After setting off a panic among state officials nationwide last week, the Environmental Protection Agency has scaled down substantially the number of counties it plans to punish for failing to clean up their air by New Year's Day.
Fewer than 150 counties, not the 471 originally estimated, are likely to be targeted for bans on new construction or the loss of federal aid under the Clean Air Act, several EPA officials said yesterday.
The government plans to publish the slimmed-down list of violators next month, but the confusion over the federal government's tactics in enforcing the complex air pollution law is expected to live on.
The havoc reached a peak last week when the EPA named the 471 counties deemed too polluted to meet the Clean Air Act's Dec. 31 deadlines. The list was publicized in news reports across the country, alarming officials in dozens of counties that had cleaned up their air as long as four years ago.
EPA officials, flustered by the furor, explained that the list was preliminary, based on data gathered in 1978, and that only 144 counties are likely to face cutoffs once more data is studied. But they reasserted that the Clean Air Act "mandates" the sanctions, and yesterday specified how the localities would be punished.
Meanwhile, members of Congress and beleaguered local officials continue to insist that the administration is overstating the threat of penalties in hopes of scaring Congress into weakening the law next year.
"I'm not going to panic because I think they're nuts," said George P. Ferreri, director of Maryland's clean air program. "We can't figure out what they're doing. First they rattle everyone's cage saying all this god-awful stuff is going to befall you because you haven't met the standards. But up until a few weeks ago, they were telling us to hold off because they might change one of the standards."
Certain areas of Baltimore and Baltimore County are on the list for failing to reduce dust and dirt particles to healthy levels, Ferreri said. But the EPA is expected to propose changes in those requirements, and Ferreri said he was instructed several months ago to "hold off" on the problem until the issue is resolved.
In Virginia, 13 localities were on the list for ozone pollution, although state officials contend that all but three -- Chesterfield and Henrico counties and the city of Richmond--have met the requirements or have obtained waivers until 1987. The District of Columbia also has a waiver until 1987 for reducing its ozone and carbon monoxide levels.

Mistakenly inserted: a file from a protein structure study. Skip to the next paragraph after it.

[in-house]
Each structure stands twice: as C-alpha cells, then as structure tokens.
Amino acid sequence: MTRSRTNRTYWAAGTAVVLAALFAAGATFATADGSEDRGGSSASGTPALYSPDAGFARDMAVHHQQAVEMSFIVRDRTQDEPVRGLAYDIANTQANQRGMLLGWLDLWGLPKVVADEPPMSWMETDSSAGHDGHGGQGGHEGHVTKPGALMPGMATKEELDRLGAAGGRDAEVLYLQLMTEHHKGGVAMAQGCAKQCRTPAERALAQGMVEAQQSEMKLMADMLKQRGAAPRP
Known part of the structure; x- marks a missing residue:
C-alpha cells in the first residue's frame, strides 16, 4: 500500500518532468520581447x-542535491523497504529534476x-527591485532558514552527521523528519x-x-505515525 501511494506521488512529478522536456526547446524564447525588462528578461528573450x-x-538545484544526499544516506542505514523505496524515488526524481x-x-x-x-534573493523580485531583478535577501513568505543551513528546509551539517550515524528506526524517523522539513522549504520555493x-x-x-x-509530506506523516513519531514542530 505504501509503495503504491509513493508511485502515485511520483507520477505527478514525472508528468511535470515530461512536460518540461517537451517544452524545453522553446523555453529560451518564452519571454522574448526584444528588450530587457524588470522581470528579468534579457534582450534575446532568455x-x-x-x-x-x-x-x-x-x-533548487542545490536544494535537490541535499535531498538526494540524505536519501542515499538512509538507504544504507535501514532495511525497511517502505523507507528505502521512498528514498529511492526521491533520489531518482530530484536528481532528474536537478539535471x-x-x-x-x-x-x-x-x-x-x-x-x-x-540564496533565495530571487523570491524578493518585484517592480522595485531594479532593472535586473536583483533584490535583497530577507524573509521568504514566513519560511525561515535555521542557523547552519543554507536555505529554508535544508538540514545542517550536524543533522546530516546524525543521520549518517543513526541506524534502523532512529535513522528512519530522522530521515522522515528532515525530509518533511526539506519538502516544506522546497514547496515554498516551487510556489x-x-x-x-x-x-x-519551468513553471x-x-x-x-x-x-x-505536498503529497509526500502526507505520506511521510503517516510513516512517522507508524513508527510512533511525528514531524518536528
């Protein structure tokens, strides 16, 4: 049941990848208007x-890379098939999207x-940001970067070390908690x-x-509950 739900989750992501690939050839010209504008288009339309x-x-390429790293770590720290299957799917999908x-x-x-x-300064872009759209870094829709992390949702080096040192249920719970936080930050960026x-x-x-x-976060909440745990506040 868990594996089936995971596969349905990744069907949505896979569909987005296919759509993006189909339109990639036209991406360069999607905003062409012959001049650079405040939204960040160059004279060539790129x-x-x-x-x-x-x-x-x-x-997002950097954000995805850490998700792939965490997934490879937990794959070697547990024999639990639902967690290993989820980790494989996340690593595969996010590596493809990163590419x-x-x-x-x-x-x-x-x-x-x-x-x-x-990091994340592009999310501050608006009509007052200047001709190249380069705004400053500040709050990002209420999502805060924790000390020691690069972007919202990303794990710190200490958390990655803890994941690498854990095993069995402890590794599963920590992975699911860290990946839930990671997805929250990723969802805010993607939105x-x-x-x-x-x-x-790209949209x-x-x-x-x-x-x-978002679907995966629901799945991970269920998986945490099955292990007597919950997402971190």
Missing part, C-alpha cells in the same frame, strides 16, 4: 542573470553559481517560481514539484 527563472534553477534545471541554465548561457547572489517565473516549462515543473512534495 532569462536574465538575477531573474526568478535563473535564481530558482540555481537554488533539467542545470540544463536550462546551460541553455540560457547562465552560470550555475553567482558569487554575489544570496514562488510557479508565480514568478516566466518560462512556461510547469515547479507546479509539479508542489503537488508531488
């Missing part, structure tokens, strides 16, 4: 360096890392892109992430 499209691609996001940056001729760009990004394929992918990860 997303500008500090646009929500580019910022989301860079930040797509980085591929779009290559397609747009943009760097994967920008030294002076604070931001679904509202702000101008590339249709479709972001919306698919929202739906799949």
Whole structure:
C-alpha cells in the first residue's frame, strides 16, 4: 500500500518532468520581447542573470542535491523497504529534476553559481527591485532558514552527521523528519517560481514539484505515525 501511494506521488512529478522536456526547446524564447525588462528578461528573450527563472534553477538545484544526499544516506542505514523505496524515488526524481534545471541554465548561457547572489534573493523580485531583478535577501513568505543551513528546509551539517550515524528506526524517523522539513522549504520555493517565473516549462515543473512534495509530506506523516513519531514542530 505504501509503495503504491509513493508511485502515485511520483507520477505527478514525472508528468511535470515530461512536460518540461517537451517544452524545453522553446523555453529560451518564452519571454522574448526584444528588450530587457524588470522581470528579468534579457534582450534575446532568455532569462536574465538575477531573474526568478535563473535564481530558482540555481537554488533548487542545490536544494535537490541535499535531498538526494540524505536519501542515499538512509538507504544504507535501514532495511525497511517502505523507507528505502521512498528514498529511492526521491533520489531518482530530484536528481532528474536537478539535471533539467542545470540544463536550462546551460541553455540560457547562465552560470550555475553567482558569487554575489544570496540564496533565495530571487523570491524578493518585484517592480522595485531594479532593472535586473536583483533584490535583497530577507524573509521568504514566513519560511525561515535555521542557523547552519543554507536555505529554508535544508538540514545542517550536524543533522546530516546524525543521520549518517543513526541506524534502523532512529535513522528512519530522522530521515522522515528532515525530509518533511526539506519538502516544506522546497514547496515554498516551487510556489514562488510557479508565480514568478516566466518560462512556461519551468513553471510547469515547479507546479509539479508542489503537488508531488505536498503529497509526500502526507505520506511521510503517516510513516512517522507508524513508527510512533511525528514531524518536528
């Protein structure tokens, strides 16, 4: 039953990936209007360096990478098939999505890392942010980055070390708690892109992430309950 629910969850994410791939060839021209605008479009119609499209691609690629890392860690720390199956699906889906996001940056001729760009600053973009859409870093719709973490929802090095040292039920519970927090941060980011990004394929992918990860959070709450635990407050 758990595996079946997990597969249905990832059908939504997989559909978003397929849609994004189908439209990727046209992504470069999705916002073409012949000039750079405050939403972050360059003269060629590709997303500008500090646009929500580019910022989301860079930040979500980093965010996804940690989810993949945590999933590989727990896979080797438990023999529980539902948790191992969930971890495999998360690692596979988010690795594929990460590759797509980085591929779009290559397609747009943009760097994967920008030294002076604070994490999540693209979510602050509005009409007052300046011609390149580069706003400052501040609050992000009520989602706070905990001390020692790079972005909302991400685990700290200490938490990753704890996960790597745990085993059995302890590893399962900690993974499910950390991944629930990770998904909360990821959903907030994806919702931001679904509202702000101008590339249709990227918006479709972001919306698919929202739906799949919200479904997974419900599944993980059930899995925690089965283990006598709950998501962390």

In outlining their penalties, EPA officials promised to apply sanctions in ways that would "minimize economic disruption." Early next year, the agency will publish in the Federal Register a list of the areas that have not met standards for nitrogen dioxide, sulfur dioxide, particulates, ozone and carbon monoxide.
The public will be given several weeks to file challenges to the list and to the EPA's proposed sanctions for each area. If the EPA proceeds to cut off federal aid, several governors have indicated they will file lawsuits challenging the move.
Sen. Robert T. Stafford (R-Vt.), chairman of the committee that handles the Clean Air Act, has argued that the EPA is not forced to impose sanctions on areas with polluted air, as long as the state government is making a good faith cleanup effort.
However, EPA Assistant Administrator Kathleen Bennett said yesterday the law is too rigid on sanctions and other matters. "The Clean Air Act remains in immediate need of updating . . . ," she said. "We cannot interpret the law in a way that would clearly rewrite years of legislative and legal history, and ignore the act's mandatory sanctions."